The film’s genesis came with a screenplay by two previously little-known writers, Joan O’Brien and Charles Denton. Their intention was to depict another side of the Holocaust, by concentrating on an over-the-hill circus clown, Helmut Doork, who had a successful career in the pre-war era in Germany and Europe but has been worn down by both the rise of fascism and his own fading comic skills.

When Doork gets drunk in a bar and abuses Hitler, he is arrested and thrown inside a concentration camp as a political prisoner, never to be put on trial but kept there as a reminder to his peers of the perils of disrespecting the Führer. Yet Doork finds himself offering a mixture of hope and escapism to the inhabitants of the camp, not least the children, who he seeks to entertain in the face of the horrors around them.

This is not so very far from Life is Beautiful, and, had the material been handled sensitively, it could been terrific. So it was unfortunate that the script came to the attention of the producer Nat Wachsberger, a Belgian impresario who had previously made such undistinguished films as the heist thriller They Came To Rob Las Vegas and one of Orson Welles’s innumerable cash-in quickies, the adventure The Southern Star. Wachsberger believed that the character of Doork should be played by a major comic actor looking to expand their repertoire, and so approached the likes of Bobby Darin, Dick van Dyke and Milton Berle, all of whom reacted with horror.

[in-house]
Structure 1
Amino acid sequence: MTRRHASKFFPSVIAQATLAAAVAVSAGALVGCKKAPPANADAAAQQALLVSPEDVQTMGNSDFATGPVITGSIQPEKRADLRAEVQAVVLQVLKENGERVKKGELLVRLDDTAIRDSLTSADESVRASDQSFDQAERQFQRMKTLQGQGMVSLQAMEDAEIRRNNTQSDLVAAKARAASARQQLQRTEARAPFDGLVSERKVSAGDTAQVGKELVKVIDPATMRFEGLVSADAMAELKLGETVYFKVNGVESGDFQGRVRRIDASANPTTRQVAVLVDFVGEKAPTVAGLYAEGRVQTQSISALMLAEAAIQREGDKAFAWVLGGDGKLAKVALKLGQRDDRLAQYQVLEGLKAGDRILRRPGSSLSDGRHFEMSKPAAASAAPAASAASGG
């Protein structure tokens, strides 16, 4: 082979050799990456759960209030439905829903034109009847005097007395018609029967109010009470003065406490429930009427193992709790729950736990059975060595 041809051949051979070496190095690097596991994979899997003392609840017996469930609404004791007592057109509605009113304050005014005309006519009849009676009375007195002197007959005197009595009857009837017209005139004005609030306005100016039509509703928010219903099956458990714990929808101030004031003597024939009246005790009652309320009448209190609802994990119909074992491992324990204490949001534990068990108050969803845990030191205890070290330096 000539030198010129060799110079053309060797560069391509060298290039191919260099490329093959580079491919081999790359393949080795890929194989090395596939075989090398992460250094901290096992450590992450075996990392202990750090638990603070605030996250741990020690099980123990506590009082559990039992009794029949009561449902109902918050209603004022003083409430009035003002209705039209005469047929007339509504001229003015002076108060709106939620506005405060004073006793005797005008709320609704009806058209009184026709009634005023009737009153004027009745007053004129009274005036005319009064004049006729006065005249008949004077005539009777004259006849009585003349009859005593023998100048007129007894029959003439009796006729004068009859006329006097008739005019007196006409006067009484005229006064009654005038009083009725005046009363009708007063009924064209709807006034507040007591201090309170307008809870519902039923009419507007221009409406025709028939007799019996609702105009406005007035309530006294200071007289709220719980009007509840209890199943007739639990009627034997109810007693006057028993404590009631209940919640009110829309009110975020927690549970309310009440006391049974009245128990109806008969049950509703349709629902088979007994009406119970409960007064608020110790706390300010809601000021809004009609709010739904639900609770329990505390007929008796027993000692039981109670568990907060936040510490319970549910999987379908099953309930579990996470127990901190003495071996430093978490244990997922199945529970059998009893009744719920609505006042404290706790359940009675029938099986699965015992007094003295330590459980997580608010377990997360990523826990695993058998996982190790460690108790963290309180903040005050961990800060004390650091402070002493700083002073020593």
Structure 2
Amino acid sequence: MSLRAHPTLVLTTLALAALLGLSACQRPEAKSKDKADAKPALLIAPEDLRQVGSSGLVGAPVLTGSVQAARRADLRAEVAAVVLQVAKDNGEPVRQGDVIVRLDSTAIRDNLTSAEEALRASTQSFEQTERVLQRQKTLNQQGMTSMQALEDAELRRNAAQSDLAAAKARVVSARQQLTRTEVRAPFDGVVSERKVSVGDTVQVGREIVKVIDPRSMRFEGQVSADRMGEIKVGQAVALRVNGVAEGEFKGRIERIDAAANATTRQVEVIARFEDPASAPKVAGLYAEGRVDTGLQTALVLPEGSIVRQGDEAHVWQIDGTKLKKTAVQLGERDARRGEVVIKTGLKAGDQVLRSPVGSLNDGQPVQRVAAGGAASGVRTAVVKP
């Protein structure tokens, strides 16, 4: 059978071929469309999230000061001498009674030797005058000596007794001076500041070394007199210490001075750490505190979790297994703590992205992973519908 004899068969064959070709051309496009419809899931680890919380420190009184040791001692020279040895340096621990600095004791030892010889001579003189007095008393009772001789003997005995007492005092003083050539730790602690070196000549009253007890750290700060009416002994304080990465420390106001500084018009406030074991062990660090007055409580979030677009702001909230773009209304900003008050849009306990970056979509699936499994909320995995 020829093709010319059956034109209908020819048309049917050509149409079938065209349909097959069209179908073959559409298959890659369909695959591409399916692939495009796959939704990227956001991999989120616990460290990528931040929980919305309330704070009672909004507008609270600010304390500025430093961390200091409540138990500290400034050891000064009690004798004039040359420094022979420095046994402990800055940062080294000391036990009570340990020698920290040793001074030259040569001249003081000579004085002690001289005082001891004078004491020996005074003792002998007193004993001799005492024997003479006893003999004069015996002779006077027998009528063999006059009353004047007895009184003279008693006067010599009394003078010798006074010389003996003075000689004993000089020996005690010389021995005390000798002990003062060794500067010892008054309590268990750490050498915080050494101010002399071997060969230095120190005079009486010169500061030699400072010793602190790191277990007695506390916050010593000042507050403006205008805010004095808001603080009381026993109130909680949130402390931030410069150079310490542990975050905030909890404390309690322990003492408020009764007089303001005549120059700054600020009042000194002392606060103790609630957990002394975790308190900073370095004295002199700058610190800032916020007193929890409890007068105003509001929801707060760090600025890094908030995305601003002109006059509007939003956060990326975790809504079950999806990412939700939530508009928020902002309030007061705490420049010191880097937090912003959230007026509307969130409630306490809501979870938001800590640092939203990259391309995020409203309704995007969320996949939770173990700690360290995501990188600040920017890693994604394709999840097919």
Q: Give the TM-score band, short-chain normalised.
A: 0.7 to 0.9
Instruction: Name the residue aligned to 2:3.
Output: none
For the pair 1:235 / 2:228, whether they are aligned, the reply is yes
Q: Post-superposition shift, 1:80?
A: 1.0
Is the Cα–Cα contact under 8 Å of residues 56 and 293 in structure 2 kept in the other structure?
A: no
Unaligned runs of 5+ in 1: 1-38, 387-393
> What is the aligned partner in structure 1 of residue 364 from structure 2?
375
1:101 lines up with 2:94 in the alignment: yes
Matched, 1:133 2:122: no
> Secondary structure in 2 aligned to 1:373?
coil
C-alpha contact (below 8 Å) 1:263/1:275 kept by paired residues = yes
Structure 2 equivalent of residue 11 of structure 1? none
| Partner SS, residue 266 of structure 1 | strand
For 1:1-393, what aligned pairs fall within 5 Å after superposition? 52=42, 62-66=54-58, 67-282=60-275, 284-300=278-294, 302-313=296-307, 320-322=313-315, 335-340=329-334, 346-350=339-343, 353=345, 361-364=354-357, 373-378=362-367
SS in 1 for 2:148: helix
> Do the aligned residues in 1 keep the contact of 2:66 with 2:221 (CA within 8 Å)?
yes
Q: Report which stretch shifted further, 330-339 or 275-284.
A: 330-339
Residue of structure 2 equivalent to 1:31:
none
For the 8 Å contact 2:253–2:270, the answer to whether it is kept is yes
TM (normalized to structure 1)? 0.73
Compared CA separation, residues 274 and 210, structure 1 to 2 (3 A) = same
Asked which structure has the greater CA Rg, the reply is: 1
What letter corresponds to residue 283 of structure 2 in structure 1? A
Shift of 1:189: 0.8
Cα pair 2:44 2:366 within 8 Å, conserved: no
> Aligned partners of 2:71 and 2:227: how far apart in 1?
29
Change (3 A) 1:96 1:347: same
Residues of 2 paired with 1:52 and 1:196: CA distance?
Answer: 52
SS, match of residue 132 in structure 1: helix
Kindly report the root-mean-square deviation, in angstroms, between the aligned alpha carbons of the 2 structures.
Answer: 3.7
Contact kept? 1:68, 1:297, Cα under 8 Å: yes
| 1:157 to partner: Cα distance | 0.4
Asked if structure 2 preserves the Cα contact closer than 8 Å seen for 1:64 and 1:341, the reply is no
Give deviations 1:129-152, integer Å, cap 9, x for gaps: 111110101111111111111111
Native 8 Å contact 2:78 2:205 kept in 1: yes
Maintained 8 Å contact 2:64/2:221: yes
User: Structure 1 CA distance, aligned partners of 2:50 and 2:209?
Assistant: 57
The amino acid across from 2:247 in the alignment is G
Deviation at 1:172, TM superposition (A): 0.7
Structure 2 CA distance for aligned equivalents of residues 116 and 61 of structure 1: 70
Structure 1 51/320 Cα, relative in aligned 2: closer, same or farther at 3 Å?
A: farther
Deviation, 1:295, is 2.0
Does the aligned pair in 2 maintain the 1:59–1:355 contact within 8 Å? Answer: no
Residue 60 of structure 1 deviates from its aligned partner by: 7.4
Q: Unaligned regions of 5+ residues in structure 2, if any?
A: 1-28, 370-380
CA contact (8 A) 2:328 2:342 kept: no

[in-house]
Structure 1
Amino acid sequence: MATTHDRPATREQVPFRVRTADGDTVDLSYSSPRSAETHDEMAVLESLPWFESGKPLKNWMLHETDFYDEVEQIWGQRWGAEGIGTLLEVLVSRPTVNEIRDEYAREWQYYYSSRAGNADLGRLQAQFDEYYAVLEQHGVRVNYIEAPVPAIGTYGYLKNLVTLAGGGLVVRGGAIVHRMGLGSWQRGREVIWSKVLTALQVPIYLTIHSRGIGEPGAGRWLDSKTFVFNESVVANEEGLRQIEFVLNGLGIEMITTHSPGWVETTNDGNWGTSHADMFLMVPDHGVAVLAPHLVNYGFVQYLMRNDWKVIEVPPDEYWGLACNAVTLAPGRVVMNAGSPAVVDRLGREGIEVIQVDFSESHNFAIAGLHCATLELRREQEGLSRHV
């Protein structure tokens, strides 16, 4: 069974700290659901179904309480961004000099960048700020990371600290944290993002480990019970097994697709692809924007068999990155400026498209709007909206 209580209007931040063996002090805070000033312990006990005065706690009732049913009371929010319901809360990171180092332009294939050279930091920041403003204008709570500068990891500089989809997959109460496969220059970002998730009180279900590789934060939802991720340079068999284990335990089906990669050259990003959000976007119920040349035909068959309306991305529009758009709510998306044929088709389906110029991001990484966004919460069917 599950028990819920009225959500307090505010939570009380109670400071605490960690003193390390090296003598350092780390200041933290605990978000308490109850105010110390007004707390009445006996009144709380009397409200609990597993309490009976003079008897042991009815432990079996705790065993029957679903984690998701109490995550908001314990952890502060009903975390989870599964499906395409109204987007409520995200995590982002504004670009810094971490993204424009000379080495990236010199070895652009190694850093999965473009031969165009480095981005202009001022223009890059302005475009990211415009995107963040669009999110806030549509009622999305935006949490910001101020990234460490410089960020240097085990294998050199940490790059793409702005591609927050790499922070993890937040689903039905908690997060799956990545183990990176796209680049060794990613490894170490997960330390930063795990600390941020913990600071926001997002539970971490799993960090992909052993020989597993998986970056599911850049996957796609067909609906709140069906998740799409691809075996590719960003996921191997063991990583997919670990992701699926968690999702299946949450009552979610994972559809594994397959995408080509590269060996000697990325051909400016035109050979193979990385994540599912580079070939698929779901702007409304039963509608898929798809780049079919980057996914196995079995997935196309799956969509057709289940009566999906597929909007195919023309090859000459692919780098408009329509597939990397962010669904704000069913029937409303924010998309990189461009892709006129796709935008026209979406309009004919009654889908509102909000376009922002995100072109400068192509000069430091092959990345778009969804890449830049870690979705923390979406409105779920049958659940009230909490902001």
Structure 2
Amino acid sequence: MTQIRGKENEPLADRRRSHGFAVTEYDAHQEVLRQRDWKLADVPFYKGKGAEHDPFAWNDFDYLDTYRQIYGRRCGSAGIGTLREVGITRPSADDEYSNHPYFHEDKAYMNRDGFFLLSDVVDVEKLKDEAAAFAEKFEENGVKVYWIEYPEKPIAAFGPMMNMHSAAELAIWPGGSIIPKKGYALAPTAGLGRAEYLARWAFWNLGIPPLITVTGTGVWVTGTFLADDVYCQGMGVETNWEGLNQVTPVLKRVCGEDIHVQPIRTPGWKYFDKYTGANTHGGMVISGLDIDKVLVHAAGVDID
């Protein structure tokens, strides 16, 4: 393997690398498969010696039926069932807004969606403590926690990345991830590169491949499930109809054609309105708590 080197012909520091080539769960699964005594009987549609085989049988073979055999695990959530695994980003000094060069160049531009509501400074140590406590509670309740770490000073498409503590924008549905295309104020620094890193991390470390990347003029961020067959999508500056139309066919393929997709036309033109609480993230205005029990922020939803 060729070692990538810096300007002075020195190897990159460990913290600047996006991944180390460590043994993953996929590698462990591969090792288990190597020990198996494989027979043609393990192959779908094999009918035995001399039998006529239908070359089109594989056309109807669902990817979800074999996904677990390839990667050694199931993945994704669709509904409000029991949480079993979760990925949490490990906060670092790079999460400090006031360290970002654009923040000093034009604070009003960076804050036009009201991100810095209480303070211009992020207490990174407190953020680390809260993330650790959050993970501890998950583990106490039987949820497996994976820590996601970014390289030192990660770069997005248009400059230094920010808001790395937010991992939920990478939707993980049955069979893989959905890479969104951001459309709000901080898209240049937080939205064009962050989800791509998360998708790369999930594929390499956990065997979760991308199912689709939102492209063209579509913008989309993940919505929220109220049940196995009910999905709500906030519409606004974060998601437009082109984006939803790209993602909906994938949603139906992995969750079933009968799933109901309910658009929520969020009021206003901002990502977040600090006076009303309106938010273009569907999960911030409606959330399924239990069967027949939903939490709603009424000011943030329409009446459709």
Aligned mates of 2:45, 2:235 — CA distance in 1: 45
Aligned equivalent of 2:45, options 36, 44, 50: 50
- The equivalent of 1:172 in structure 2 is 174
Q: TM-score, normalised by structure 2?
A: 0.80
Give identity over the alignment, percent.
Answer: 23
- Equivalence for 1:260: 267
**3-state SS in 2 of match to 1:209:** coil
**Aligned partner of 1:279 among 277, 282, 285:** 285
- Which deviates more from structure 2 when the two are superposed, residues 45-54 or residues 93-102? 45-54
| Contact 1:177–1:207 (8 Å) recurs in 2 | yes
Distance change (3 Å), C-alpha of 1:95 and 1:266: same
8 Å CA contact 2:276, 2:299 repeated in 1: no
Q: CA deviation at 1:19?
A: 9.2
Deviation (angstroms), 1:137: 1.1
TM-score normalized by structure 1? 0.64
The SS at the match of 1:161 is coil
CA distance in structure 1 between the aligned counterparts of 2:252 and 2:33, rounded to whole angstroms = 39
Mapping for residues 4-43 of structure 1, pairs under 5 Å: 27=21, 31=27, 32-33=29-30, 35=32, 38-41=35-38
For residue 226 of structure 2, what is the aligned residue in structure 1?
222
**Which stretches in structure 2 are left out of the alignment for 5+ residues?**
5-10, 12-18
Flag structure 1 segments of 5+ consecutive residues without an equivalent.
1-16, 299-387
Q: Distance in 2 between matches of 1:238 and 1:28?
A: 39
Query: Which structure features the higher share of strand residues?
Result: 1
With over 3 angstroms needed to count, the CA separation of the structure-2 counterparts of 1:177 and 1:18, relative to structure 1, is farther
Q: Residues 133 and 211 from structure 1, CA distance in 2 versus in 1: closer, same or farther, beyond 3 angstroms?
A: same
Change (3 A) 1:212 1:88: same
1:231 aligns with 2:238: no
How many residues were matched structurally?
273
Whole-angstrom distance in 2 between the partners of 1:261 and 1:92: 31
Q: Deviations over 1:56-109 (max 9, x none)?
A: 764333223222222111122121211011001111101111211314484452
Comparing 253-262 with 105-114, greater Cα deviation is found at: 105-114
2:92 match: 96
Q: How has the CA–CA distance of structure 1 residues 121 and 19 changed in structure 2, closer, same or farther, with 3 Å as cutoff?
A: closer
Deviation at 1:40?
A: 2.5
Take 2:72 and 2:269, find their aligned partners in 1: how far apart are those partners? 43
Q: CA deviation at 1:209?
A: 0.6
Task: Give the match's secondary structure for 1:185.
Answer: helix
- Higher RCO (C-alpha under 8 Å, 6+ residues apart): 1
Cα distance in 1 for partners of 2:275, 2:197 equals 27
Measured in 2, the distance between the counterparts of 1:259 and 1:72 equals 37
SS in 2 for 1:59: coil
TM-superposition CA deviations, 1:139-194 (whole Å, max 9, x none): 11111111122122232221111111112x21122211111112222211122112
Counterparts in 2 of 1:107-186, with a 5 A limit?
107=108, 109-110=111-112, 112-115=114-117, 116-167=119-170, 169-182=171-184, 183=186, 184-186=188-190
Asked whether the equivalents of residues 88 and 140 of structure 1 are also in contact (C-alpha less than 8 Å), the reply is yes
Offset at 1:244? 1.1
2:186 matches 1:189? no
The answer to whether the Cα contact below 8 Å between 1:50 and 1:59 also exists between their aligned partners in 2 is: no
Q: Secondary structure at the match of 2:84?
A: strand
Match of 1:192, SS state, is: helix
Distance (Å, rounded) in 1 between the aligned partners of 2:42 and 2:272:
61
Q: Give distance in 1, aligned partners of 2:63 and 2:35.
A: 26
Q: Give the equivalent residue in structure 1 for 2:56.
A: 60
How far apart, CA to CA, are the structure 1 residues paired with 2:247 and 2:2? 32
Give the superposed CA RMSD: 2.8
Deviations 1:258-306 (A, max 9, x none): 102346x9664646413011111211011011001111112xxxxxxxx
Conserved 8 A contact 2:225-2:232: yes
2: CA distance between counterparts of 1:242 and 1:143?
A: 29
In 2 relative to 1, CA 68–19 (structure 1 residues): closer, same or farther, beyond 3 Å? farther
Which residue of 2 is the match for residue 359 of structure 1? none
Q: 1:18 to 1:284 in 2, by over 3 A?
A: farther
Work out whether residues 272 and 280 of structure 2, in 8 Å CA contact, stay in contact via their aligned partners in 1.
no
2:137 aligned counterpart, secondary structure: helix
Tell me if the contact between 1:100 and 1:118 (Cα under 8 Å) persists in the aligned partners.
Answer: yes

Yet his next choice, Lewis, was more receptive. When Wachsberger approached him backstage at a show in New York in 1971 and suggested the idea, Lewis’s initial response was to laugh it off – “Why don’t you try to get Sir Laurence Olivier? I mean, he doesn’t find it too difficult to choke to death playing Hamlet” – but there was something intriguing in the project.

Lewis plays Doork, a washed-up circus clown, who is sent to a concentration camp - AFP via Getty
Lewis plays Doork, a washed-up circus clown, who is sent to a concentration camp - AFP via Getty

According to Lewis’s biographer Shawn Levy, the comedian was desperate to return to relevance. “There was certainly a part of him that wanted to tell the story, but a bigger part, I believe, was hoping for a chance to establish for audiences, critics, and maybe even himself that he was a genuine artistic talent and not just a comedy performer on the decline. But his career was already in a significant downward spiral.” He was also bitter. As Levy says: “He never had a remotely positive reputation as an artist among American critics as a filmmaker – unfairly, in many cases.  And his popularity had waned significantly by the time he turned to making this film. He was deeply thin skinned, and it really angered him that he wasn’t taken seriously.”